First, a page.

GPs should aim to initiate hormone replacement therapy as early as possible after menopause, as it can halve a woman’s risk of death or a serious cardiovascular event, say researchers.
The ten-year study found that initiating HRT less than two years after women have stopped menstruating resulted in a significant 52% reduction in death, heart failure or myocardial infarction compared to women not receiving treatment.
The study adds support to the ‘timing hypothesis’ for HRT – a theory that differences in cardiovascular outcome are explained by the time between menopause and the start of HRT.
Danish researchers followed 502 women aged 45-58 whose last menstrual bleed was three to 24 months prior to study entry or had perimenopausal symptoms in combination with recorded postmenopausal serum FSH values for ten years.
They compared them with 504 controls who were randomised to no hormone therapy.
They found a 43% decreased risk of death, an 86% decrease in heart failure risk and a 75% reduced likelihood of myocardial infarction in the HRT group compared with those not receiving treatment, though these were non-significant.
There was no significant difference between the two groups for cancer occurrence – 36 cases in the HRT group compared with 39 in the control group. Breast cancer rates were also non-significant between the two groups – 10 in the intervention arm compared with 17 in the controls.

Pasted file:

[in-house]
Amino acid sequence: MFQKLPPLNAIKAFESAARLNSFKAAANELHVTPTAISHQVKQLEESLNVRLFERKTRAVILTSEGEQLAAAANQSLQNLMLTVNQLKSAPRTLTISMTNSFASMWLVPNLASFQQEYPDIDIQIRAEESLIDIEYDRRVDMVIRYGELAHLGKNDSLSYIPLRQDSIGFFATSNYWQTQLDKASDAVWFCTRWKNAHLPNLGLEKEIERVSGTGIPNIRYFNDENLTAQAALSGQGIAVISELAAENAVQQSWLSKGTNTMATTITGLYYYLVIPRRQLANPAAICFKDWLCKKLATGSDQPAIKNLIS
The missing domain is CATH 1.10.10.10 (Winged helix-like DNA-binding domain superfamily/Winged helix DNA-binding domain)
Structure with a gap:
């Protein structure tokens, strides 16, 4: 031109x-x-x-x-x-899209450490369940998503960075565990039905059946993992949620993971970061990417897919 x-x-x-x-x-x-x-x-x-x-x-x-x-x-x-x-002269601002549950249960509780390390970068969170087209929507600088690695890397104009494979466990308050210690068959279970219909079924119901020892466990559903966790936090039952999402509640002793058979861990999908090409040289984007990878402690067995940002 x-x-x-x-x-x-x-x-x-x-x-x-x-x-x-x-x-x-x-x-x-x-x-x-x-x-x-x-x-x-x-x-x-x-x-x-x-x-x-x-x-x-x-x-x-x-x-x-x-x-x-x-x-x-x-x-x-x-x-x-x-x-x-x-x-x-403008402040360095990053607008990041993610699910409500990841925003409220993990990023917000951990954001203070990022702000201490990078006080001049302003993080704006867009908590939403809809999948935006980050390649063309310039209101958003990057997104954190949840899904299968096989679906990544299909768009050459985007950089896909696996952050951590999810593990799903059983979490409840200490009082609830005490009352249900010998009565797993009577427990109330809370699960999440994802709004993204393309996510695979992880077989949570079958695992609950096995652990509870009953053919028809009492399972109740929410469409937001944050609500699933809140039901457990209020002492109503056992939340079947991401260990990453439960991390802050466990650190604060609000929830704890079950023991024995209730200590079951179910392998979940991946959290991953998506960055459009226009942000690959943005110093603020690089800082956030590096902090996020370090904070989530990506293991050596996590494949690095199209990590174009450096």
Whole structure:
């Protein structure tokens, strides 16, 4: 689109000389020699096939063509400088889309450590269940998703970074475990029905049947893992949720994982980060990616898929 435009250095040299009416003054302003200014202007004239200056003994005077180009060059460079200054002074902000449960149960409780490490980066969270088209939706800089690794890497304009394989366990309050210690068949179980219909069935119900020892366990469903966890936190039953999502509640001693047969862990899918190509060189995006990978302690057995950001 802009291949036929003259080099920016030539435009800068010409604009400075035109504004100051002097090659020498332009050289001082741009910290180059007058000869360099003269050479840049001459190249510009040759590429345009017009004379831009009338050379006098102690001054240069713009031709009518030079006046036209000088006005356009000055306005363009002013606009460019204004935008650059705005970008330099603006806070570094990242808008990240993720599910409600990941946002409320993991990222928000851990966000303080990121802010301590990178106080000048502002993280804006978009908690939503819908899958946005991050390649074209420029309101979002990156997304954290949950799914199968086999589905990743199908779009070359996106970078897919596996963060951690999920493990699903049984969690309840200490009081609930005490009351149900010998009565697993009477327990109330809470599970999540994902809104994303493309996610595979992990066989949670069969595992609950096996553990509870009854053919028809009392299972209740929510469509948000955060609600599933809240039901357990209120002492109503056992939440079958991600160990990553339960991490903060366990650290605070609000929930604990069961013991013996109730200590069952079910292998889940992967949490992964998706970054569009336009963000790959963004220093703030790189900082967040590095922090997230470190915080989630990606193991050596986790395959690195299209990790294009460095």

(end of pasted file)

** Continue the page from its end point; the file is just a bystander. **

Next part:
The results from the Danish Osteoporosis Prevention Study conflict with the Women’s Health Initiative study published in 2010.
This study found combined HRT was associated with a 25% increase risk of invasive breast cancer in a group of women aged 50-79 years, compared to those not taking HRT in 2010, but it involved elderly women who were post-menopausal for a number of years before receiving HRT.
Study lead Dr Louise Lind Schierbeck, registrar in endocrinology at Hvidovre Hospital in Denmark, said their study showed the timing of HRT initiation was important.
She said: ‘Our findings suggest that initiation of HRT in women early after menopause significantly reduces the risk of the combined endpoint of mortality, MI or heart failure.
‘Importantly, early initiation and prolonged HRT did not result in an increased risk of breast cancer or stroke.’
Dr Fiona Cornish, a GP in Cambridge and president of the Medical Women’s Federation, said the study was good news for GPs.
She said: ‘HRT is so effective for treating menopausal symptoms, yet we have felt apprehensive about promoting it because of the perceived risks of cardiovascular events.
‘Personally, I have always been baffled by the apparent change of position from beneficial to risky, and this study looking at the specific issues of starting time and age, seems to clarify the situation and allow us to make use of HRT to the great benefit of women. ‘
But Dr Sally Hope, honorary research fellow in women’s health at Oxford University and retired GP, felt that the study needed a larger cohort.
She said: ‘This is an interesting study. However, I think it is too small a study to make any firm conclusions either way. I wish they’d done a several orders of magnitude bigger study.’
Risk reduction with HRT
|Death, heart failure, MI combined||52%|
BMJ 2012, available online 9 October